Talk:Big Game (American football)

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Untitled[edit]

The "Cal Bonfire Rally" section should be removed or Stanford Big Game traditions should be included as well. This could form a "Traditions" section. —Preceding unsigned comment added by 128.12.100.85 (talk) 05:43, 2 December 2007 (UTC)

Why was the page moved? --Jiang 23:38, 5 May 2004 (UTC)

Why don't we merge this article with the Stanford Axe Article? Other college football rivalry games usually don't have two articles dedicated to it, one fore the game and one for the trophy. Dspserpico 23:21, 15 January 2006 (UTC)

I'm not for that idea. The "Big Game" and even "the Play" are things that stand as important traditions in all of college football (I would also include "The Game" between Harvard-Yale and "Army-Navy") --and, as purely a sports fan, I hate both those schools (go Trojans!) Bobak 17:12, 14 February 2006 (UTC)

Just a question, the article states The legitimacy of The Play has remained controversial. To this day, the final score in the official record shows Cal winning by a score of 25-20, whereas in many Stanford publications it is recorded as Stanford 20, Cal 19. Is this legitimacy of The Play controversial throughout those loving (College Football), or is this a Stanford POV? If so, it should be marked as such. RoguePat 08:35, 19 July 2006 (UTC)

To answer your question, it is purely a Stanfurd point of view. No one else contests The Play. In fact, Stanfurd has even stopped the silly tradition of changing the score when they hold the Axe. I think they realize that the 1992 game (which they won on a VERY questionable penalty) is much more controversial, and so have dropped the subject (for YEARS, whenever the ref, Pat Flood, from the 1992 game was officiating, Joe Starkey would say something like "The ref is....Pattttt...Flooooood") — Preceding unsigned comment added by 67.180.165.26 (talk) 09:00, 23 October 2011 (UTC)

Fair use rationale for Image:Stanfordcal.png[edit]

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Image:Stanfordcal.png is being used on this article. I notice the image page specifies that the image is being used under fair use but there is no explanation or rationale as to why its use in this Wikipedia article constitutes fair use. In addition to the boilerplate fair use template, you must also write out on the image description page a specific explanation or rationale for why using this image in each article is consistent with fair use.

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User:Falcorian/timeline[edit]

A while ago I started working on a timeline for this article, but I sort of forgot about it and left it sitting on my user page. I just remembered it though and though I should make a note of it here so that others can use/expand on it. It can be found on: User:Falcorian/timeline. Pleaes feel free to edit it there, copy it to a subpage here, or whatever. --Falcorian (talk) 16:55, 30 July 2007 (UTC)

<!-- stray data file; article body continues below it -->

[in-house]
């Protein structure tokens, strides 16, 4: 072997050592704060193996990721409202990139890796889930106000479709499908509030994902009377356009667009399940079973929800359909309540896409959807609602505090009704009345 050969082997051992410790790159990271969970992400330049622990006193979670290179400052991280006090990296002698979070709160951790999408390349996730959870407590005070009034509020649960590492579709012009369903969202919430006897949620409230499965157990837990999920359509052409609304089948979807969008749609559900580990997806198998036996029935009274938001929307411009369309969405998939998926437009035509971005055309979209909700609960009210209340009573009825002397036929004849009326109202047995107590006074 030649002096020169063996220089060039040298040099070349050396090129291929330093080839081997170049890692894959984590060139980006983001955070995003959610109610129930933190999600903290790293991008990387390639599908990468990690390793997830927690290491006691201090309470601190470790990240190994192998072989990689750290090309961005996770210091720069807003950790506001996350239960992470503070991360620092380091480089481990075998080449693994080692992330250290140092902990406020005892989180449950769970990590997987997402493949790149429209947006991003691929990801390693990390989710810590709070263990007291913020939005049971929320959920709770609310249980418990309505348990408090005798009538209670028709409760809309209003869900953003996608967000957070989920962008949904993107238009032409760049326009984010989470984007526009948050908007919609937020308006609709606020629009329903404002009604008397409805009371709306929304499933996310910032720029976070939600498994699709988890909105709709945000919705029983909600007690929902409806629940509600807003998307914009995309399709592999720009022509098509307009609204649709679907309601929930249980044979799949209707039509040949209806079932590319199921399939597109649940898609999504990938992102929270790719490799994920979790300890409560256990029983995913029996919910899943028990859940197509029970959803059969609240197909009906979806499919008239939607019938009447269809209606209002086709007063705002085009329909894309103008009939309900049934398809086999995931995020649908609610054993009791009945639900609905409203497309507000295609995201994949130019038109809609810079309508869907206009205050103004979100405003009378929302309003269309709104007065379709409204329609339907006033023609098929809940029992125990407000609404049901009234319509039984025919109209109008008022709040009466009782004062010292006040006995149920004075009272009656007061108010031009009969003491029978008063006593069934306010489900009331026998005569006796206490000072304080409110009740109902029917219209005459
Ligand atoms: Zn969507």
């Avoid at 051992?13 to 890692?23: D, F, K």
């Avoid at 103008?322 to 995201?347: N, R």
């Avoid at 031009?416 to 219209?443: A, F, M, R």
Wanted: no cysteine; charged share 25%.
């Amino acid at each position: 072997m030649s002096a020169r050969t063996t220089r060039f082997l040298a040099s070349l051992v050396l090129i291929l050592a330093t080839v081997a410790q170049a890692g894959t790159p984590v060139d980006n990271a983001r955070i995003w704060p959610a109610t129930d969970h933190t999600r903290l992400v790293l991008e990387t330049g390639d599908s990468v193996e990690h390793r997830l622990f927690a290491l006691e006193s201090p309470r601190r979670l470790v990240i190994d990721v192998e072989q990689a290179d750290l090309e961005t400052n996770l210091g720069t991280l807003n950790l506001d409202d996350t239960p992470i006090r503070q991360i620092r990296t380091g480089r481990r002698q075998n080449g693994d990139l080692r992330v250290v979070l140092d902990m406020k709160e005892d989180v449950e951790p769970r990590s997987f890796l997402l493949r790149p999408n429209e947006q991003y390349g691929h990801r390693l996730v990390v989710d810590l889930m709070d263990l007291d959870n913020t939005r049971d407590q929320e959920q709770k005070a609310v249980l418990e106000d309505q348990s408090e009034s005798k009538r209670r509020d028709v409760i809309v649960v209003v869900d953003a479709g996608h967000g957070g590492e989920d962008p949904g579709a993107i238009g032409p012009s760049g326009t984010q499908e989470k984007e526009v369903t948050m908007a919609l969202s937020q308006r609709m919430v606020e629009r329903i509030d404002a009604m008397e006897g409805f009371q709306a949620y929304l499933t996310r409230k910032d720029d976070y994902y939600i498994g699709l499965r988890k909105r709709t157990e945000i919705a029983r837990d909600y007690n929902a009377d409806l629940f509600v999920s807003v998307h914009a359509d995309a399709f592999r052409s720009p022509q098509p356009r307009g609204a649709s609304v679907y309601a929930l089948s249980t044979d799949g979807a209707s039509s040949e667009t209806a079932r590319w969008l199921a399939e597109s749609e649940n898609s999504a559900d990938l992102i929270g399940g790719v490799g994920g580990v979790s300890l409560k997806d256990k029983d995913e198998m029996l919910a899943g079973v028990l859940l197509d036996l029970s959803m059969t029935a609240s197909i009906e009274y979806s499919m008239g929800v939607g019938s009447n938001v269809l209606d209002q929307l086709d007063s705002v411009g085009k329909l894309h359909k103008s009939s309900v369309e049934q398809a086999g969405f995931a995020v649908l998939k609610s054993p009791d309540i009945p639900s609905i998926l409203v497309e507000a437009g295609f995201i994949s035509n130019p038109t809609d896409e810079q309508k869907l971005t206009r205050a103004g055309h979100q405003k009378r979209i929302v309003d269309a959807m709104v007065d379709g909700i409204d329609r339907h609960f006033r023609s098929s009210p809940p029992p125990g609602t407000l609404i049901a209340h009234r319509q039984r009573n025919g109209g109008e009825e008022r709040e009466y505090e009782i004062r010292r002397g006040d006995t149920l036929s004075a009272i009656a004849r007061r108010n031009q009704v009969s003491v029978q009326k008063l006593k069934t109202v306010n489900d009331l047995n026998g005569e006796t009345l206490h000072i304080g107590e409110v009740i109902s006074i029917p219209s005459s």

Fair use rationale for Image:Stanford-Cal game 1936.jpg[edit]

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BetacommandBot (talk) 08:17, 21 January 2008 (UTC)

Fair use rationale for Image:Stanford-Cal game 1938.jpg[edit]

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BetacommandBot (talk) 08:19, 21 January 2008 (UTC)

Fair use rationale for Image:Stanford-Cal game 1955.jpg[edit]

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BetacommandBot (talk) 08:21, 21 January 2008 (UTC)

Fair use rationale for Image:Stanford-Cal game 1969.jpg[edit]

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BetacommandBot (talk) 08:22, 21 January 2008 (UTC)

Image copyright problem with File:The-play.jpg[edit]

The image File:The-play.jpg is used in this article under a claim of fair use, but it does not have an adequate explanation for why it meets the requirements for such images when used here. In particular, for each page the image is used on, it must have an explanation linking to that page which explains why it needs to be used on that page. Please check

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This is an automated notice by FairuseBot. For assistance on the image use policy, see Wikipedia:Media copyright questions. --13:39, 8 January 2009 (UTC)

Game name[edit]

At least at Stanford, the annual Stanford/Cal game is referred to as "Big Game" (i.e., without the grammatical article "the"). The title of the (Wikipedia) article is "Big Game" but there are many references to "the Big Game". What is the name of the game per Berkeley folks? I noticed that the media can't seem to choose whether or not they like the article "the". Imagineertobe (talk) 22:37, 20 November 2010 (UTC)

I've always said "the", but I couldn't tell you what the majority of Berkeley folk say. For a quick search it does looks like the media uses both (including the Daily Cal). I personally support using "the" in our article, it just sounds better to me. --Falcorian (talk) 12:31, 29 November 2010 (UTC)
I've seen "the" used as well as which edition of the Big Game it is (e.g. the 2010 one was the 113th; cf. Cal's official game notes and Stanford's game notes, which go both ways). I see the point about the official name not being The Big Game, but at the same time to me it's hard to get away from using "the Big Game" the entire time in the article. BrokenSphereMsg me 22:20, 29 November 2010 (UTC)